Vinhos is quite good with the previous rules and board setup, but now feels exceptional as a streamlined 2016 version of the game. Granted, there are many paths to victory in the Reserve, although the game cajoles me to forcibly visit the bank. Of course, I must oblige, so I do. Then I go to spend more hard-earned cash to prepare for the next few years. Then I need to return to the bank for a couple more bagos for my pocket.
It’s not until you wisely invest that the maintenance phase literally pays off, but by then, I’m already dreaming of the bountiful vineyards I’ve established in multiple estates from my last Vintage Edition game.
Yes, the Vintage ruleset is indeed superior. I can see those with penchant for tedious mental gymnastics to find a liking for the original gameplay. It really isn’t an awful game, I just realize the huge benefits and enhancements to a new version that strips off the nasty, and doesn’t punish you for playing.
Author’s Note: I have only tested these expansion modules with the 2016 Vintage Edition rules. I have not played any of them with the 2010 Reserve Edition rules (aside from the visual upgrade of wine feature bottles). These likely have a different impact on 2010 Reserve Edition gameplay, but I cannot speak to those differences.
The Connoisseur Expansion includes the following components:
Weather (1 tile)
Wineries (4 double-sized tiles)
Vineyards (4 double-sized tiles)
Cellars (4 double-sized tiles)
Ocean Tiles (4 large tiles)
This expansion is packed full of new ways to increase the livelihood and value of your wines. Each player is allowed one double-sized tile of each type, and can purchase it, usually at the cost of one less bago than it would cost to purchase two individual tiles. This could be advantageous because it costs less, or also to increase the production quality of a single vineyard, which is much quicker than to spend two turns attempting to do the same.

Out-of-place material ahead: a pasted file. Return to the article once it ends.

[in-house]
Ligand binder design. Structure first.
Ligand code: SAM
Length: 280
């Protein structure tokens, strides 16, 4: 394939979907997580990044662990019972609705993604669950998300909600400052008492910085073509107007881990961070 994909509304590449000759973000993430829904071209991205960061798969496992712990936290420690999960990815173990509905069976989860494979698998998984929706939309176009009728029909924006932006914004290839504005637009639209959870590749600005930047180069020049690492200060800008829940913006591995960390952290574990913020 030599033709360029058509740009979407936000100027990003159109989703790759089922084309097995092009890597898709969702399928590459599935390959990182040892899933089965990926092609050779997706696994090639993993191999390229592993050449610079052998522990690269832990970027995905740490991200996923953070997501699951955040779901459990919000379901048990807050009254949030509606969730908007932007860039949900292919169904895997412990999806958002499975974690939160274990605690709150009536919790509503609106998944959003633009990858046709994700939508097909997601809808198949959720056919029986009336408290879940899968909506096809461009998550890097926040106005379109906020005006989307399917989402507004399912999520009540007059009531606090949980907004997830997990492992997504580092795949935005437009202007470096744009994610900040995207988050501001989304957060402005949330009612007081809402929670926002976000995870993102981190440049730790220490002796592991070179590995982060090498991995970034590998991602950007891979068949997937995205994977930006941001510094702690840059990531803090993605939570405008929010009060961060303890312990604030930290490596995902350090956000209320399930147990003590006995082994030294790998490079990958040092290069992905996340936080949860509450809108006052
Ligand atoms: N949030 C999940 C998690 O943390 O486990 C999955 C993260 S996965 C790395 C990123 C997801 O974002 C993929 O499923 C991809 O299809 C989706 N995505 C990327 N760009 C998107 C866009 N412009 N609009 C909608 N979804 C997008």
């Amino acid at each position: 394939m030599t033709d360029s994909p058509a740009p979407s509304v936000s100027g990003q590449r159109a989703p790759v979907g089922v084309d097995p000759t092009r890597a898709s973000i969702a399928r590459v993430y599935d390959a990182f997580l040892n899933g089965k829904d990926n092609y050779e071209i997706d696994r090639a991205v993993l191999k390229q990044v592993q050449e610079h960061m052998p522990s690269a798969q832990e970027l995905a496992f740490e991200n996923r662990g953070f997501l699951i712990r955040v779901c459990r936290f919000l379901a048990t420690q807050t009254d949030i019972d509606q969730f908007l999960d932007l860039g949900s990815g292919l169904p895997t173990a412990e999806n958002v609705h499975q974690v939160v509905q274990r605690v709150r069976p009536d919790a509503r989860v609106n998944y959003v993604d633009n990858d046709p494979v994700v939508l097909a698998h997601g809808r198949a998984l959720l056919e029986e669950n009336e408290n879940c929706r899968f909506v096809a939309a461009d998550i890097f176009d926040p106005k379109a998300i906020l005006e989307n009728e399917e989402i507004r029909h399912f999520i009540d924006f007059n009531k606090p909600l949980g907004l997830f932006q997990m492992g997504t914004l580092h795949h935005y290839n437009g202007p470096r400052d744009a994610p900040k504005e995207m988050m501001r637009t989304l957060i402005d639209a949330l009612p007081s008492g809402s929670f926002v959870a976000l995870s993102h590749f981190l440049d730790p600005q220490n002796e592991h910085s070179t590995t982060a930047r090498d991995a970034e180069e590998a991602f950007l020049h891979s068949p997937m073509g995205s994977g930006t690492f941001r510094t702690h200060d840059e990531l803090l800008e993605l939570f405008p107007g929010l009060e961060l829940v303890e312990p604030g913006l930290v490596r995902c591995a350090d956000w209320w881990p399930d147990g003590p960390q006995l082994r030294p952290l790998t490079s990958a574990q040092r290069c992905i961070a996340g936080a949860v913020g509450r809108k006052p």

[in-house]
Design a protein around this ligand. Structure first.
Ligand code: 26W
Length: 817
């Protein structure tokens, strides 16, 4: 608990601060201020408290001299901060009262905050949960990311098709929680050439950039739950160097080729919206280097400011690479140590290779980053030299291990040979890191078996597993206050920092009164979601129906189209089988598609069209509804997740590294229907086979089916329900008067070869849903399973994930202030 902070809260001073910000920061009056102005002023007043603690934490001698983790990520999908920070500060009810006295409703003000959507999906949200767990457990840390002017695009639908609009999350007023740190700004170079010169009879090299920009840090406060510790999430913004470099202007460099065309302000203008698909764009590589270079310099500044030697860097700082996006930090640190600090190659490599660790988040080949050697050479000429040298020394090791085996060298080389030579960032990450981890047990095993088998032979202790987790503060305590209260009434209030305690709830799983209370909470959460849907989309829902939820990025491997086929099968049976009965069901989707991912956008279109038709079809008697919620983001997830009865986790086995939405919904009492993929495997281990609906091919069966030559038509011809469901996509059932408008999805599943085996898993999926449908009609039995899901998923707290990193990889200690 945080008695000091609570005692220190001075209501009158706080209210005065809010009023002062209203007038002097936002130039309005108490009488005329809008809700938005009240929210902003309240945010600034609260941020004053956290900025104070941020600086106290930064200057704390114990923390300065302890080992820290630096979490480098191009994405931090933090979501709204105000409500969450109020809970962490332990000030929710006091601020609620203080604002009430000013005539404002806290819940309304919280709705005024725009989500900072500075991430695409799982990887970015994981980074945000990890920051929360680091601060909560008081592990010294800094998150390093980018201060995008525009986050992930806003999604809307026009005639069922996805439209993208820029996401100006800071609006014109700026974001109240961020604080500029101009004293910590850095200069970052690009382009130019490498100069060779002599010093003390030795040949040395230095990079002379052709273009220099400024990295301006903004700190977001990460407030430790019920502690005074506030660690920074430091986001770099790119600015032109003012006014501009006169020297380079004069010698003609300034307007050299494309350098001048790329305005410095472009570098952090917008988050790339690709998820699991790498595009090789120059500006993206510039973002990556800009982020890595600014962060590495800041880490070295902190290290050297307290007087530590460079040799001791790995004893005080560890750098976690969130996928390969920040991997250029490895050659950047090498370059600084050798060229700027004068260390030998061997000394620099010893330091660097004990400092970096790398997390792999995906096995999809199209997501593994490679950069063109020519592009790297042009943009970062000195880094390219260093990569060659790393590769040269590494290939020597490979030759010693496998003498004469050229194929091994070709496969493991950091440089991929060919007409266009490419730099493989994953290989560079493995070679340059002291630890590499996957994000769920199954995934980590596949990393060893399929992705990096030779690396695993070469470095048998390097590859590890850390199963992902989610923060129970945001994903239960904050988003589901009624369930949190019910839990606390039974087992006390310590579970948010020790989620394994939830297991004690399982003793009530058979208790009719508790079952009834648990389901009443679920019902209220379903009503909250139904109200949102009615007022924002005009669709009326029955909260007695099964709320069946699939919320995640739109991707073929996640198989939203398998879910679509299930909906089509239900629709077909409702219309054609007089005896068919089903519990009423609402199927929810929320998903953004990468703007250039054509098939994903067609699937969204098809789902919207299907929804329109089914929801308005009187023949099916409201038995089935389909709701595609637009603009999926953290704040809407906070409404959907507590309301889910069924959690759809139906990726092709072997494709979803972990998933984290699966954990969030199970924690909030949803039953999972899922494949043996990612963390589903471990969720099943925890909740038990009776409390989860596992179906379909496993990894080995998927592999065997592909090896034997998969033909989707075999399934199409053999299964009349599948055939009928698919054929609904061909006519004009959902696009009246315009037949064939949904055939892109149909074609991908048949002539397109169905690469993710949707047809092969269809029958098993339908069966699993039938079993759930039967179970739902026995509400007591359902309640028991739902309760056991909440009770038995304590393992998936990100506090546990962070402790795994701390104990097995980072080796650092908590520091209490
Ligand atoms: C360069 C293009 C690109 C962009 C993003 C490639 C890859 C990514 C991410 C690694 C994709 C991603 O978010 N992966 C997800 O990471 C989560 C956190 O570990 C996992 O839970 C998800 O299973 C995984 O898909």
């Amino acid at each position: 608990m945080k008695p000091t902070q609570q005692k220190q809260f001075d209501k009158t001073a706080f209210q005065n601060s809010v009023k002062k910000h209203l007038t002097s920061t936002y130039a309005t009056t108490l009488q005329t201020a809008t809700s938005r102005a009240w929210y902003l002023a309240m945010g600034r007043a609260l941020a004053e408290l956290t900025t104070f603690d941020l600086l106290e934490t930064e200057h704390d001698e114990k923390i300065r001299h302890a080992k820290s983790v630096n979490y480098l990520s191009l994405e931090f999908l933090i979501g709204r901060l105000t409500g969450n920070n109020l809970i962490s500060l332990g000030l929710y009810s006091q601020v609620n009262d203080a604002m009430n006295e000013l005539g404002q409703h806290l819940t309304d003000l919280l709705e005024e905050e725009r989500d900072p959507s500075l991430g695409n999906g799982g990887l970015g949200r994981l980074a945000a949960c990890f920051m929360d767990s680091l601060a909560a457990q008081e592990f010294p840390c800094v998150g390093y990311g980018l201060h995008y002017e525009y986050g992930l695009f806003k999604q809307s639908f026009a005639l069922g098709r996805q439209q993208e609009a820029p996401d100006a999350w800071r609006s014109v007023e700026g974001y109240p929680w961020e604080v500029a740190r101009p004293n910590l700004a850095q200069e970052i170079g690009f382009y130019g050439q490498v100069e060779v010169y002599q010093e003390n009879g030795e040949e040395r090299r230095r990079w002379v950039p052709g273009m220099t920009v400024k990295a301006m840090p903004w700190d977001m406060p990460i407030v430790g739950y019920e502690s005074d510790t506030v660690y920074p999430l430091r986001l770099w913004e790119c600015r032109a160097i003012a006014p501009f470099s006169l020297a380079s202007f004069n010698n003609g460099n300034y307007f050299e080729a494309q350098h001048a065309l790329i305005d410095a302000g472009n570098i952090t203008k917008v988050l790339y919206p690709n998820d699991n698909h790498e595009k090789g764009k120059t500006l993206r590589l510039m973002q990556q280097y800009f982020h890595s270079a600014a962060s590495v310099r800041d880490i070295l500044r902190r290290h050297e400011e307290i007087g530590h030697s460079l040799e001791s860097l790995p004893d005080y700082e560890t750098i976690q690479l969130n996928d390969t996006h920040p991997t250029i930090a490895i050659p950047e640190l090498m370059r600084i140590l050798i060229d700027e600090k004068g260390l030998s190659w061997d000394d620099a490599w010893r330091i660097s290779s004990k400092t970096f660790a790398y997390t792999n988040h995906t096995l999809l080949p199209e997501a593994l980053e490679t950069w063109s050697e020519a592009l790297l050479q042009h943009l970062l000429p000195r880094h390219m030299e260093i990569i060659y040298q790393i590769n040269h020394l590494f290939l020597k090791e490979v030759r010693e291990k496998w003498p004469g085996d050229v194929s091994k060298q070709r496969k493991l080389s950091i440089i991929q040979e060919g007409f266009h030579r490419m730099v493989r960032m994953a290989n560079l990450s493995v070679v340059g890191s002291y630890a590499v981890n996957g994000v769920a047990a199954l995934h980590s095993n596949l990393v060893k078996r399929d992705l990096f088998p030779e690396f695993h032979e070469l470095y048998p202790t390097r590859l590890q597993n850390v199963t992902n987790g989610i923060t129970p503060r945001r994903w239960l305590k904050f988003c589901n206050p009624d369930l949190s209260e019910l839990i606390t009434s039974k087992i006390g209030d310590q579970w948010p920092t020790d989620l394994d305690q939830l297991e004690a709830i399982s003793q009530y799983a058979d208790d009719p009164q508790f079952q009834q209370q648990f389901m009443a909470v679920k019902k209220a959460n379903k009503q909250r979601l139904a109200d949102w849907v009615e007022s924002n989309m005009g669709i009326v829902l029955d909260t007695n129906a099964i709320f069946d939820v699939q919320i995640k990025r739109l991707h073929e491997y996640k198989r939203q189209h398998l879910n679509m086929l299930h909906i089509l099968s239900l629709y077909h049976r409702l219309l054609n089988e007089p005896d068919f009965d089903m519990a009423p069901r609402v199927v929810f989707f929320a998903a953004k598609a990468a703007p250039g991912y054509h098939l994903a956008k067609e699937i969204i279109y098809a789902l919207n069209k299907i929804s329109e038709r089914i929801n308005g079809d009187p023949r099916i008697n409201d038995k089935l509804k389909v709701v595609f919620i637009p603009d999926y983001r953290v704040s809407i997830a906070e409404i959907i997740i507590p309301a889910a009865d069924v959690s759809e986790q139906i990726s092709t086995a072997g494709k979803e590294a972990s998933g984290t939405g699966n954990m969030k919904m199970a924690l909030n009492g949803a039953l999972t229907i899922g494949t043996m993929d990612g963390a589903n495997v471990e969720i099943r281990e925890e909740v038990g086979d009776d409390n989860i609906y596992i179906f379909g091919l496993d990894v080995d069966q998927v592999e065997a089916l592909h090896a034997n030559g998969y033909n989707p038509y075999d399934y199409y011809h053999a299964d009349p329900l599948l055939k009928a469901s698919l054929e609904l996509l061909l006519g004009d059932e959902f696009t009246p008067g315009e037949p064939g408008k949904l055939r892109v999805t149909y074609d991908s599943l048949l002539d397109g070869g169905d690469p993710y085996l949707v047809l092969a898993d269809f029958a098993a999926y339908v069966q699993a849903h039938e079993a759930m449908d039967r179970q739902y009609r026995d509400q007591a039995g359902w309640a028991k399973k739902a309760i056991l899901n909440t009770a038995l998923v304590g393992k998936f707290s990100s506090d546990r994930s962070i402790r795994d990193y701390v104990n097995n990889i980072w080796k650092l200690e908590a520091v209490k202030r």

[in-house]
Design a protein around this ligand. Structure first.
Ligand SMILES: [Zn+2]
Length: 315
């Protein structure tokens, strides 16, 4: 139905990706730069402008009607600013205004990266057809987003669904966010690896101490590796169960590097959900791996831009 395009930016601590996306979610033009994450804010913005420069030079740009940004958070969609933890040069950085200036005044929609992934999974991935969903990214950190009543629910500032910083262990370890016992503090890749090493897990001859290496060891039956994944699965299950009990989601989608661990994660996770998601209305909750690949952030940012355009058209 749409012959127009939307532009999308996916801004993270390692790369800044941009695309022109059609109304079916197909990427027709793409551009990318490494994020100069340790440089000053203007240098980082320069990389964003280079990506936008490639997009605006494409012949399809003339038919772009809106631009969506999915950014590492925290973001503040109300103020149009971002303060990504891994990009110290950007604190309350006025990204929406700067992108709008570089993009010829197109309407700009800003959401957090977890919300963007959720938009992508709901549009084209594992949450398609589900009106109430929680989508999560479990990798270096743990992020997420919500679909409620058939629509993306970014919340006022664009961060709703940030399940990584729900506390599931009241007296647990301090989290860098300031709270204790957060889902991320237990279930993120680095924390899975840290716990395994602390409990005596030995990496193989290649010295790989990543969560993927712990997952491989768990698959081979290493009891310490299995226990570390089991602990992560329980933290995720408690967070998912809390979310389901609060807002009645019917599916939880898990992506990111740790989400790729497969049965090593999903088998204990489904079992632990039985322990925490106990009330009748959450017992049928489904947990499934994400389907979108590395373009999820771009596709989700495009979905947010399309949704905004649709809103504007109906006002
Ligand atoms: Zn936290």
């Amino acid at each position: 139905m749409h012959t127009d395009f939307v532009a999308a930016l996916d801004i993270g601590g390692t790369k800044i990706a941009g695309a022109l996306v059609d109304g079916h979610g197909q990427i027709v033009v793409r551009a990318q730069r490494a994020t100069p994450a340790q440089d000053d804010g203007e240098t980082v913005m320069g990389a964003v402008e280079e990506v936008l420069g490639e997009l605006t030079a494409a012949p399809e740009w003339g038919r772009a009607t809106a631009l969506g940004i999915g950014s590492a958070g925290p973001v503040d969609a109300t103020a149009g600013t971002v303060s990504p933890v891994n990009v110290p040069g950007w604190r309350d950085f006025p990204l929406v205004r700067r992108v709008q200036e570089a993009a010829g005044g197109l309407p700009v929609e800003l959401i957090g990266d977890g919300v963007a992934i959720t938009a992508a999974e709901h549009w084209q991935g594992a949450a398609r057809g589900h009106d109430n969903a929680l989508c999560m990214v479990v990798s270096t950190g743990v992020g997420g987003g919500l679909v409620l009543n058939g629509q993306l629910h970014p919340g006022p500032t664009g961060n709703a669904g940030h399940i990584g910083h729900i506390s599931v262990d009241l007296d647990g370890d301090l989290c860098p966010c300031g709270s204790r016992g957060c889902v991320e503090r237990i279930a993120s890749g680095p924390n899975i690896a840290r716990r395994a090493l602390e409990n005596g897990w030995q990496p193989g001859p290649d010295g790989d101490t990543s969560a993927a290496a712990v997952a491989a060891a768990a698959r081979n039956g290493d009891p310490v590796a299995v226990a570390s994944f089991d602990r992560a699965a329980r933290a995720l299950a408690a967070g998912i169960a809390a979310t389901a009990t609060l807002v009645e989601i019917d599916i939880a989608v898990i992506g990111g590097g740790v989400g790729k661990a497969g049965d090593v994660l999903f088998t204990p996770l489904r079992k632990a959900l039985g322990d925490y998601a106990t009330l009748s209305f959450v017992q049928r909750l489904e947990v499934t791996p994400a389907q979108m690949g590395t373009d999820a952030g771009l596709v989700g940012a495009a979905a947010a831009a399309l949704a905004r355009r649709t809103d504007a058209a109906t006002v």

When placing a double-sized winery or vineyard, however, you can only place one farmer, or one oenologist on that tile. Double-sized cellars cannot accept any tourists (which we will talk about soon). These larger cellars are considered “super secret” and all value modifiers are increased by one point.
The included weather tile is a doozy. This nasty critter will release an awful plague of insects on all players’ vineyard, completely annihilating all wine production for that year.
Finally, the ocean tiles are purely aesthetic, and are used to cover up unused vineyard locations in the game. This typically only happens in lower player count games.
Overall, I found this expansion to be situational. I appreciate the bonus value points on the cellar tiles, but I didn’t necessarily need them. It’s only one point, and the tile itself costs 6 bagos, instead of the regular 3 bagos. The double wineries seemed most useless to me. The entire purpose of wineries is to stock them full of oenologists. Without that possibility, I’m simply adding an overpriced waste of space when I’m probably better off just purchasing another vineyard in my estate.
The most interesting bit of this expansion is easily the weather tile. You don’t realize how necessary the production and distribution of wine is to your business until you don’t have any. Meanwhile, more prepared players are surviving, even though stilted. I spent my entire first year spending every bago I owned on multiple wineries and vineyards, stocked full of oenologists and cellars. I was set. Then, disaster struck. The bugs hit, and Katie and I had no chance for income.
The weather tile, randomly distributed into the many possible weather tiles, is a real game changer. Thematically, it totally works, because the magnates of the wine world will literally accept any strength, color, and region of wine because of the international shortage. I like this one quite a bit.
The Experts Expansion includes the following components:
Advertisers and Marketers Experts (8 tiles)
Salesmen Specialists (4 tiles)
Spies Specialists (4 tiles)
Meteorologists Experts (4 tiles)
Reviewers Experts (4 tiles)
Estate Experts (4 tiles)
Public Relations Experts (4 tiles)
The new experts have a few different ways they can be shuffled into the game, via existing wine experts, or in totally new stacks, featuring only these newcomers.
These experts can do lots of things, like switching vineyards to new estates, peeking at the upcoming weather tile, using an opposing player’s expert tile, and much more.
These actions didn’t feel game changing, although the ability to use someone else’s expert was nice, especially to grab extra fair points or a few more bagos.
One tile allows you to take a new expert, by switching itself out with one of the four purchasable experts available. This seemed mostly trivial and extremely situational. I can’t think of many moments during the game where I would really need to buy an expert for the purpose of taking a different one on a later turn.